Beware sect. title building penalties
Read your Home Owners Association (HOA) constitution carefully before buying into a sectional title estate.
Absa's senior economist, Jacques du Toit, says buying a stand inside a security estate might have been a dream come true a few years ago, but if your financial position has since changed, building penalty levies could be causing a headache.
To eliminate speculators and get genuine homeowners to buy into developments, Home Owners Associations (HOAs) have building clauses which stipulate that building must commence within two or three years to avoid inconvenience to other residents. "It also helps those who have already built to maximise their investments."
However, the current economic climate has seen a change in many people's financial circumstances, pushing them into a situation where they can no longer afford to start or finish building. At this stage, there are possibly no other buyers for vacant land if the property market has taken a dip, and the owner of the stand is stuck without options.
New product to insure unpaid levies
A new insurance policy will soon be launched and can do away with unpaid levy problems.
Santam has taken a major shareholding in a new company now launching a unique financial product tailor-made to alleviate the serious liquidity problems experienced by South Africa's bodies corporate (BC) in the sectional title property sector.
Stilus (an acronym for Sectional Title Levy Underwriting Security), the new service, undertakes to fund bodies corporate (BC) in which some members have fallen behind in their levy payments and to take full responsibility for collection of those arrears from the defaulters.
Homebuyers empowered by new Act
The Consumer Protection Act (CPA), due to take effect on 25 October this year, will mainly force agents to ensure property sellers and buyers understand the wording and legal effect of all contracts they enter into.
If this is not complied with, the Act gives wide latitude to the consumer to seek legal recourse and compensation.
Simon Raab, Southern Suburbs manager for Greeff Properties, says property marketers will find themselves "in a new ballpark" when this Act is implemented.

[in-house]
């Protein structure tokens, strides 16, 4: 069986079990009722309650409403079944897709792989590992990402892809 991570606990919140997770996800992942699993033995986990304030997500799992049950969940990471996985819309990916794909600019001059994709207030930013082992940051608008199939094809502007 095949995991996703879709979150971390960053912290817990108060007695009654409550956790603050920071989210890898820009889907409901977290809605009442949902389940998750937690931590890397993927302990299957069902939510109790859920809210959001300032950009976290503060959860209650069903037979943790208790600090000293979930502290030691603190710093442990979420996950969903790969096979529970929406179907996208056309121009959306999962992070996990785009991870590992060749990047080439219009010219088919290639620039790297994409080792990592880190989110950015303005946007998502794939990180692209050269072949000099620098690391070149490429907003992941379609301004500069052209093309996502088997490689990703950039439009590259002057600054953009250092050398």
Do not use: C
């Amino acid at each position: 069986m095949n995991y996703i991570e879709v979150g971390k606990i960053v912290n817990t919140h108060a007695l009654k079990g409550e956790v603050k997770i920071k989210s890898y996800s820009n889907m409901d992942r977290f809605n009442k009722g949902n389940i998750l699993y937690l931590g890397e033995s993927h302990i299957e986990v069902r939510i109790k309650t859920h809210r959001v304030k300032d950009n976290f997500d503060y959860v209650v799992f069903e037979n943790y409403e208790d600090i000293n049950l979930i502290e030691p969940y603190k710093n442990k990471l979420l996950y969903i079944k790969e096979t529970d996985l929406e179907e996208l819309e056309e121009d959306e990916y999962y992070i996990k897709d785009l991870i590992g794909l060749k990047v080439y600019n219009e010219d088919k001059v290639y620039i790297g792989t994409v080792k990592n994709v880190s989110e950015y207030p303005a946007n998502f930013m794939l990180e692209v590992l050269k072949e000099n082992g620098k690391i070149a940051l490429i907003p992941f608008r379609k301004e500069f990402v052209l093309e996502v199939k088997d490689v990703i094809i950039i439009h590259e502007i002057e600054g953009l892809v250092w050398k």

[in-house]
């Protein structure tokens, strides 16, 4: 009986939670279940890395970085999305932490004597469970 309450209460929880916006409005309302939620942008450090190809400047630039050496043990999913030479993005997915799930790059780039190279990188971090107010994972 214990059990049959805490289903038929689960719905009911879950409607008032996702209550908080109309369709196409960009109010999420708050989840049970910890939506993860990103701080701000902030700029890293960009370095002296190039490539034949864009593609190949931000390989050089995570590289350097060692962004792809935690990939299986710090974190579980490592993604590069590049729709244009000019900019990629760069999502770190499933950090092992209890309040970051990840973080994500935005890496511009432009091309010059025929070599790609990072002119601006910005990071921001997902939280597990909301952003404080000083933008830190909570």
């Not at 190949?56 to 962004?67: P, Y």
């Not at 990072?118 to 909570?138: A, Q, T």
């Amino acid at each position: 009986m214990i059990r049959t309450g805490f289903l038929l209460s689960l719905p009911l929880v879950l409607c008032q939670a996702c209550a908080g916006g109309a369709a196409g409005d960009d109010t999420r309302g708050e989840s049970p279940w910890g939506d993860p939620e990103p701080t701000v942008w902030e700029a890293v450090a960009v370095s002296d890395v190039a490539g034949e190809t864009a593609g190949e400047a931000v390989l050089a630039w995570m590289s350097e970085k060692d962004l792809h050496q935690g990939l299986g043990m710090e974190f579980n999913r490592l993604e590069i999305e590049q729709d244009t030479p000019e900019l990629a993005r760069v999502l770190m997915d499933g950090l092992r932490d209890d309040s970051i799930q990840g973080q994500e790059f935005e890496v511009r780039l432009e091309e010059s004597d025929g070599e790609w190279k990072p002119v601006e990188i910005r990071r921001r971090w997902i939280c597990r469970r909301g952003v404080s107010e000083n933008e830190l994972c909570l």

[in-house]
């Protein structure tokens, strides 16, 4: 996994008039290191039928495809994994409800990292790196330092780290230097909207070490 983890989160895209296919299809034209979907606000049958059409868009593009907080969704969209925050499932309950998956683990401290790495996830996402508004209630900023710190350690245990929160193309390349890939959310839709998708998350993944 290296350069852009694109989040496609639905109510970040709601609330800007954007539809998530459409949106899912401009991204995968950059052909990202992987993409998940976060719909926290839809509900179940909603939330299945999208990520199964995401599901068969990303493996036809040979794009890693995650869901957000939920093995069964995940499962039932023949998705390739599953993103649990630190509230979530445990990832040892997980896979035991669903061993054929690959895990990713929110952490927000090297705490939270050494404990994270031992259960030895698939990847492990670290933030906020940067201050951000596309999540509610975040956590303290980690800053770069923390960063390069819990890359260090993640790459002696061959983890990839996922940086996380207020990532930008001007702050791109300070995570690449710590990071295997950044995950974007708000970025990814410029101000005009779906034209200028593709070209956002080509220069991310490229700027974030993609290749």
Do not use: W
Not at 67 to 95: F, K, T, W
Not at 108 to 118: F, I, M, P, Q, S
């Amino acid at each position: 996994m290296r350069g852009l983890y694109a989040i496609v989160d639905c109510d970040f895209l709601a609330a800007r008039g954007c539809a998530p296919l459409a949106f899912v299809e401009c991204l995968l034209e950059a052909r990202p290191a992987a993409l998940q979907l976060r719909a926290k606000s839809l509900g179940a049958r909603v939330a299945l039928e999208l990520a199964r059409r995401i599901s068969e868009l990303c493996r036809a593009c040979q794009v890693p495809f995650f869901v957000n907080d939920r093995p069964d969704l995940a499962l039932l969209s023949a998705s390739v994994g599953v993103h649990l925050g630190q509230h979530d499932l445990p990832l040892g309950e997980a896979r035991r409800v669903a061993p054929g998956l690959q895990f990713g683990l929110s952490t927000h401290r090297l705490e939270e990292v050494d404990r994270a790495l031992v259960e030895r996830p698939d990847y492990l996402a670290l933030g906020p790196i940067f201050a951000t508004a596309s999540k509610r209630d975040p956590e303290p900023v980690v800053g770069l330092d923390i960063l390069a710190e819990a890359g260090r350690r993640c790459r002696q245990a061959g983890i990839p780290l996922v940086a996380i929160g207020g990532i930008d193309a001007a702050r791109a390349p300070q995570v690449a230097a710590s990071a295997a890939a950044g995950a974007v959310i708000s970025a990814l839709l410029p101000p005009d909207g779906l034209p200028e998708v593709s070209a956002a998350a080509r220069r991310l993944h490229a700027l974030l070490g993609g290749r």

Why waiting to sell home won't help you
Potential sellers who are holding out for much better prices, will eventually be disappointed for two reasons.
Lanice Steward, managing director of Anne Porter Knight Frank (APKF), says although house prices are indeed showing good signs of recovery, buying and selling in the same market levels the playing field.
"I'm finding that some clients want to hang back about putting their properties up for sale in the belief that, if they wait another six to 12 months, they will get a far better price.
"While there is some truth in that idea, it should always be borne in mind that if you are selling to buy another home, the new property will almost inevitably also have increased in value. And if you are planning to upgrade, the gap between the price you get and what you will have to pay will in fact be bigger as conditions improve."
Virtual staging: Is it ethical?
There is nothing wrong with "staging" your home in order to make it more appealing to prospective buyers, but the Internet has brought some unethical banes that could dupe buyers with altered images.
"There is obviously nothing wrong with dressing up a property to look its best on show day. Similarly, there is nothing wrong with photographing the best features of a property to use with an online listing," says Berry Everitt, CEO of the Chas Everitt International property group.
Online property info can overwhelm
Online information about properties is becoming evermore essential in the digital and knowledge age, but its use also comes with a caveat.
Martin Schultheiss, CEO of the Harcourts Africa property group, says although valid information on the Internet certainly makes buyers' decisions easier, it can often be overwhelming and devoid of crucial nuances. "Vital statistics about any given area are just a few mouse clicks away and a quick search can reveal current and historical price trends, crime stats, neighbourhood demographics, community services and much more.
Location, location, location?
"Location, location, location" are three words of advice that have been around for so long in the property industry that it might sound like a platitude.
But what exactly does this mean?
"Location refers to a number of factors that buyers should take into account before deciding which property to buy," explains Adrian Goslett, CEO of RE/MAX of Southern Africa.
"These factors are crucial, because they affect the growth in the value of the property over time, which will determine the price that can be achieved if the property is sold in the future, as well as the income the property can generate if it is bought for investment purposes."